The Grapevine

WHO Halts Human Testing Of Hydroxychloroquine For COVID-19

It appears that until a proven working COVID-19 vaccine comes out, there remains no cure for the dreaded disease. Malaria drug hydroxychloroquine was undergoing trials as one of those possible cures, a drug that even United States President Donald Trump admitted he was taking. However, studies show that the said drug caused more risk than good, forcing the World Health Organization (WHO) to temporarily put the trials on hold.

According to a study published by the Lancet, the drug was linked to even higher death rates. Scientists linked to the drug from six continents found higher death rates under the massive study called the Solidarity Trial.

“The executive group has implemented a temporary pause of the hydroxychloroquine arm within the Solidarity study… while the safety data is reviewed,” Dr. Tedros Adhanom Ghebreyesus, WHO Director-General, said during a news conference Monday. “The other arms of the trial are continuing.”

The study reviewed data from 96,000 patients and found that hydroxychloroquine increased the risk of patients dying from the coronavirus. Worse, the drug also raised the risk of people who could get heart problems.

To date, the drug has been the one known to many particularly when Trump revealed that he was taking it for his protection. The U.S. president claimed that he took the drug at least a dozen times and branded the malaria drug as a game-changer. Claiming that he was likely finishing his regimen, the United States leader said he had already stopped taking the drug.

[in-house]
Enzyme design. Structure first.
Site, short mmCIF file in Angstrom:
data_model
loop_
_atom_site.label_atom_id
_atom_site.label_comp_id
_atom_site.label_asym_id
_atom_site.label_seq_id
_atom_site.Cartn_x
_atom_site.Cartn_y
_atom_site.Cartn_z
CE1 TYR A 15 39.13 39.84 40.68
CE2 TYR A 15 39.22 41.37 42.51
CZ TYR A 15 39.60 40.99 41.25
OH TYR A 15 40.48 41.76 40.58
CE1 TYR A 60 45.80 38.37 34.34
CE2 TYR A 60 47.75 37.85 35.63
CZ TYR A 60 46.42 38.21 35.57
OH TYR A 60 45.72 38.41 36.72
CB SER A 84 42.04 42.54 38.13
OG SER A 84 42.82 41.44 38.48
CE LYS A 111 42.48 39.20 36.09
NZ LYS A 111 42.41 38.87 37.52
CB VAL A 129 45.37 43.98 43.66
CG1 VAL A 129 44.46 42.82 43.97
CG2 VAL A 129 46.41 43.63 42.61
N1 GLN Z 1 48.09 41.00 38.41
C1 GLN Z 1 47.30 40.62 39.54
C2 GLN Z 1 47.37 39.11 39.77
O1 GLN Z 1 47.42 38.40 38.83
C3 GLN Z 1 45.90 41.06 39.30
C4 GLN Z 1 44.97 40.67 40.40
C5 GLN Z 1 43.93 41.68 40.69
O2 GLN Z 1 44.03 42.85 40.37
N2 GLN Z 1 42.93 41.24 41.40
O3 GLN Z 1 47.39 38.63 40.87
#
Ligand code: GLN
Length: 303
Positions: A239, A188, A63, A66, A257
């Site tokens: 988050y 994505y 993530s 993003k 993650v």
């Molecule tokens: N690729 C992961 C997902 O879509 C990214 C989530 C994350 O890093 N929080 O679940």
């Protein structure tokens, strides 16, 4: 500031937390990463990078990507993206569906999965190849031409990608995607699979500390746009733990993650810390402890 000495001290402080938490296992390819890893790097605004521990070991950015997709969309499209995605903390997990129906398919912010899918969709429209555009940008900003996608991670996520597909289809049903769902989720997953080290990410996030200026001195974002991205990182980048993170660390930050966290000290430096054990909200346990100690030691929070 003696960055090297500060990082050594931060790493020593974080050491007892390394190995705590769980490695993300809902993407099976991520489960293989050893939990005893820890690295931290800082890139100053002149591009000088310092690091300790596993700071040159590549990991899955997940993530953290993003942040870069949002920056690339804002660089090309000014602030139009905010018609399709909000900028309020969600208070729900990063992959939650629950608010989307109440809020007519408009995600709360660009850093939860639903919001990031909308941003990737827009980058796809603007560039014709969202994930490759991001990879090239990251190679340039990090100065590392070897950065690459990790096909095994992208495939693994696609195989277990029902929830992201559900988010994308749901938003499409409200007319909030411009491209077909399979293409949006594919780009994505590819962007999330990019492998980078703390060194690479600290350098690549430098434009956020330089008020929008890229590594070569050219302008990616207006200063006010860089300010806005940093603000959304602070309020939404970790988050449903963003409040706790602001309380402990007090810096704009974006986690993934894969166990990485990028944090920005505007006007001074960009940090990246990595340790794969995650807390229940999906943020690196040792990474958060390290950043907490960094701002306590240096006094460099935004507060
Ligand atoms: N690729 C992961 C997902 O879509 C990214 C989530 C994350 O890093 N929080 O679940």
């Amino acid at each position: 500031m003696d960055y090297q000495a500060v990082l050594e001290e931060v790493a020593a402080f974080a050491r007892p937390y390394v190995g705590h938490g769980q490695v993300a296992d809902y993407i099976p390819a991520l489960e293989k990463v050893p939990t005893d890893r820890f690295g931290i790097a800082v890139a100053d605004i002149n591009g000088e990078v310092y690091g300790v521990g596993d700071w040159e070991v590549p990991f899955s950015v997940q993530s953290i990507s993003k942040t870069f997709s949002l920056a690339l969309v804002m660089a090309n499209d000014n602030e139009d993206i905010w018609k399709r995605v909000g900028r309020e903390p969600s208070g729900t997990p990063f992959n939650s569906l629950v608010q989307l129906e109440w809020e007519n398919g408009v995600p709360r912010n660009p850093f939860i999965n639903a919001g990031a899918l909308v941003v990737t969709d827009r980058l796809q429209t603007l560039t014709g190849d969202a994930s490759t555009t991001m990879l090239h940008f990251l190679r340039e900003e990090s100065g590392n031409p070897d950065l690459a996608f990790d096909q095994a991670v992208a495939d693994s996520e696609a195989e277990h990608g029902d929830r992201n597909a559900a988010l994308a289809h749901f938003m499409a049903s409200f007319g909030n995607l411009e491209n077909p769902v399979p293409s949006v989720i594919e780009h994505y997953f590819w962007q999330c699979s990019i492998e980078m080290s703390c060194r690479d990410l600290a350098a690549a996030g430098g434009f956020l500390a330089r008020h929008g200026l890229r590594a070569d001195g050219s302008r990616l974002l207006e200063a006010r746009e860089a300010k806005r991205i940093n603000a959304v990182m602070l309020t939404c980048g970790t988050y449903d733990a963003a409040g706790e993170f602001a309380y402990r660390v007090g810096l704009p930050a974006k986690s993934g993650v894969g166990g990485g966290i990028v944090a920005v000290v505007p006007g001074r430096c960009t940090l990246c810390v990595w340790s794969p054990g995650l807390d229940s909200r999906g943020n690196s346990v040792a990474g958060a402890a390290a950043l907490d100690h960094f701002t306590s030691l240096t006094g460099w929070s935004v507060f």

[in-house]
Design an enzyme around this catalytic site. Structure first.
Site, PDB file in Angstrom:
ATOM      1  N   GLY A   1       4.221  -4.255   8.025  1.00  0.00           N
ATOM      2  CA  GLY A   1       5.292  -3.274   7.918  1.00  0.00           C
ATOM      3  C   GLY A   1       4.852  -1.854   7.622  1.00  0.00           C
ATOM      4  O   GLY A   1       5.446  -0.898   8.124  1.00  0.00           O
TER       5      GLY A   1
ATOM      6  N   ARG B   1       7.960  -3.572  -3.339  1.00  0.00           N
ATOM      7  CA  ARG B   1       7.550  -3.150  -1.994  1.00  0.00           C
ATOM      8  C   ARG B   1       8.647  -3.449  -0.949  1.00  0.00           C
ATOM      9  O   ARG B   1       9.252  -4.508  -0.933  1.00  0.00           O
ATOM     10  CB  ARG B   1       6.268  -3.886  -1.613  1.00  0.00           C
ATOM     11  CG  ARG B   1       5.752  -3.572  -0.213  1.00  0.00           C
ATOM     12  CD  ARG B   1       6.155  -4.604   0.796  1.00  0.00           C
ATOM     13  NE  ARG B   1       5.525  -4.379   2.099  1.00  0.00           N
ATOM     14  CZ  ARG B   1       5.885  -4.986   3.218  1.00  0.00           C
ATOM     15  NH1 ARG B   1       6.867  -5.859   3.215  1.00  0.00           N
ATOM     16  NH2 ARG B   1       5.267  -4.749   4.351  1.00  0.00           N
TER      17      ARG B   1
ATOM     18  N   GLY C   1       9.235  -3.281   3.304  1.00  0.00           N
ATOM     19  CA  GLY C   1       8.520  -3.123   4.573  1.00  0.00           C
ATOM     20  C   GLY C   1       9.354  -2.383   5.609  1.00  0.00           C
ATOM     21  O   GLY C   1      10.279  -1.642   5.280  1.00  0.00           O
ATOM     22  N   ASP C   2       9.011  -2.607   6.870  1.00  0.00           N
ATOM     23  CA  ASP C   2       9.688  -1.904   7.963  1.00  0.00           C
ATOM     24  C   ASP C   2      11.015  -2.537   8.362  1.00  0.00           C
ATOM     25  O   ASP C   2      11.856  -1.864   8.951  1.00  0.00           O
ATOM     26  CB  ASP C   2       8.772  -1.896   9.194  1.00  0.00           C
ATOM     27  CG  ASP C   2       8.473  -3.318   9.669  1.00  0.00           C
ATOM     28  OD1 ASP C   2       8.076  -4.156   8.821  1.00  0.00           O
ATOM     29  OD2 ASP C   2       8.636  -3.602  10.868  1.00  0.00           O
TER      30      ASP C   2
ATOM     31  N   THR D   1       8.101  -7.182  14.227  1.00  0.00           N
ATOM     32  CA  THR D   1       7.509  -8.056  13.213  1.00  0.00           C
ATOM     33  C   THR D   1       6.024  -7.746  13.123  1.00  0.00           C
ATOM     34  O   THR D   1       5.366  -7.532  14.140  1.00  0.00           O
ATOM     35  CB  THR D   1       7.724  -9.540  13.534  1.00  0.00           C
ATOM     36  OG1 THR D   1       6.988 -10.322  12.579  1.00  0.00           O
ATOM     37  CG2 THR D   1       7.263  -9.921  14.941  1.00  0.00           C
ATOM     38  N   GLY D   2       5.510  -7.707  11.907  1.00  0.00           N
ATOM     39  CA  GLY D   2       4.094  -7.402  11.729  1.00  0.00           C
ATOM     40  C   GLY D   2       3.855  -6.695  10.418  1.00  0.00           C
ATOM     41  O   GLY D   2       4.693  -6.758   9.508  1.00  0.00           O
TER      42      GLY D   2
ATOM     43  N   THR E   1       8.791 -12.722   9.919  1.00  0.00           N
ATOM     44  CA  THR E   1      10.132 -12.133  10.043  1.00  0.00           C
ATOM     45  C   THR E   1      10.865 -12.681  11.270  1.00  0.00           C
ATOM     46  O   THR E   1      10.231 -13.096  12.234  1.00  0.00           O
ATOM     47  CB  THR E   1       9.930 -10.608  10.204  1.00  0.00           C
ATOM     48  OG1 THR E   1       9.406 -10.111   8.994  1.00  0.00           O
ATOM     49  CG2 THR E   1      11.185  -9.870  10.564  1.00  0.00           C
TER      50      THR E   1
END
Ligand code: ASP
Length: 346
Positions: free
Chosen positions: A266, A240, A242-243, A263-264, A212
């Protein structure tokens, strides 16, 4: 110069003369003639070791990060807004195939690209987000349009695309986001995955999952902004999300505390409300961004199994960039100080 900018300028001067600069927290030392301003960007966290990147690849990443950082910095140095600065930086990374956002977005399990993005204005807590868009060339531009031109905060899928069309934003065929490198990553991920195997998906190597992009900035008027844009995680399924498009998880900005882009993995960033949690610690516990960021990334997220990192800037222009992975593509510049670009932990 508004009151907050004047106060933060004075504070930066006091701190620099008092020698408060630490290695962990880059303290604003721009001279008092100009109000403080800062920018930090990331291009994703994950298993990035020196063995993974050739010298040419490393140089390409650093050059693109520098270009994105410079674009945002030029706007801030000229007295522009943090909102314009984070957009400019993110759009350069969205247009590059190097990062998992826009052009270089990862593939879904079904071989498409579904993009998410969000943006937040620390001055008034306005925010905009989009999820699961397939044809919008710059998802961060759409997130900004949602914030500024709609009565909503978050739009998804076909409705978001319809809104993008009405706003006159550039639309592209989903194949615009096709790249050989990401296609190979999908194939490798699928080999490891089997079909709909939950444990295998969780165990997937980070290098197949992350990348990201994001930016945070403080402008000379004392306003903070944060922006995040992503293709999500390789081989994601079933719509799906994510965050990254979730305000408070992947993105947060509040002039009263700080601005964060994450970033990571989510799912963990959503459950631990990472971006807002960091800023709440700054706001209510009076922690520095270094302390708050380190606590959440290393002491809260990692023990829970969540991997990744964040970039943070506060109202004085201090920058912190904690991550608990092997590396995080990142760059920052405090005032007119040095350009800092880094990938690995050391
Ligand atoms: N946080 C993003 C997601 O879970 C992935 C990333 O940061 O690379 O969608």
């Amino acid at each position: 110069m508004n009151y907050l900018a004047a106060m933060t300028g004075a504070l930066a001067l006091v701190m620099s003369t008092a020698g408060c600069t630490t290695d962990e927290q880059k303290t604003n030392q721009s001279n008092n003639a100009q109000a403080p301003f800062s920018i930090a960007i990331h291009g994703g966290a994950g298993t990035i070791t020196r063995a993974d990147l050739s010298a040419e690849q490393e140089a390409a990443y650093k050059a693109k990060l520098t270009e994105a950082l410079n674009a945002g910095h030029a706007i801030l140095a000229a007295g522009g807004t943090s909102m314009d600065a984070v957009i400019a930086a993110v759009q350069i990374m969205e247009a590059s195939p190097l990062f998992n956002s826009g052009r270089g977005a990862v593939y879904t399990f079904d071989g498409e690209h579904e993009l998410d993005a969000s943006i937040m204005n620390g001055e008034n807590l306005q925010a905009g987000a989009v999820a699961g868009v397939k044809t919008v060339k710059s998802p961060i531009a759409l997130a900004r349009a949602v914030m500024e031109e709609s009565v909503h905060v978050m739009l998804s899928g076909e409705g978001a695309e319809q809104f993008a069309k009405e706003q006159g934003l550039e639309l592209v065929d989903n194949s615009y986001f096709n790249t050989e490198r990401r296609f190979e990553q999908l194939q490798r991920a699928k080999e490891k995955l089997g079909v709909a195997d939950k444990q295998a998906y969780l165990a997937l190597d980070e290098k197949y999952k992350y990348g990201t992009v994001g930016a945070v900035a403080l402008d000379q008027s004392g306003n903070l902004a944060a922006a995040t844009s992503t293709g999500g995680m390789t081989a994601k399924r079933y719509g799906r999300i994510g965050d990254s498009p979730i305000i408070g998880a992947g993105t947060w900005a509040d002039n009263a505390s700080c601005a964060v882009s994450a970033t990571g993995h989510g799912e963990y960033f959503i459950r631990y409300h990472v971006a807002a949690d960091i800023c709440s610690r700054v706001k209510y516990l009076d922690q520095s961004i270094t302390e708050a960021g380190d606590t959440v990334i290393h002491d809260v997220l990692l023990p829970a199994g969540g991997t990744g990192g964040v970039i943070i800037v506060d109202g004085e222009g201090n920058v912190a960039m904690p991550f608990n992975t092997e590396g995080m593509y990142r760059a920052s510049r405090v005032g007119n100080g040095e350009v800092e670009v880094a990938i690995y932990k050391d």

There are roughly 3,500 patients from 17 countries who have enrolled with the WHO in the Solidarity Trials to develop a cure for COVID-19. Patients are randomly selected to be treated with hydroxychloroquine alongside three other experimental drugs. For now, only the hydroxychloroquine has been placed on pause. WHO Chief Scientist Soumya Swaminathan revealed that they will be deliberating on whether hydroxychloroquine testing will resume or not in the coming weeks.

Despite the recommendation of WHO, one country plans to continue hydroxychloroquine as a treatment in Brazil. In a report from AFP, Brazilian President Jair Bolsonaro also endorsed the benefits of taking the malaria drug alongside another related drug, chloroquine.

“We’re remaining calm and there will be no change,” Health Ministry Official Mayra Pinheiro said in a news conference.

Brazil has nearly 375,000 cases as of this writing. The country has the second-highest number of COVID-19 cases with roughly 23,000 deaths. More than 153,000 people have recovered from the coronavirus on their end.

COVID-19 vaccine Researchers at Dalhousie University in Canada will run the clinical trials for the country's first potential COVID-19 vaccine in partnership with Chinese vaccine maker CanSino Biologics. Pixabay

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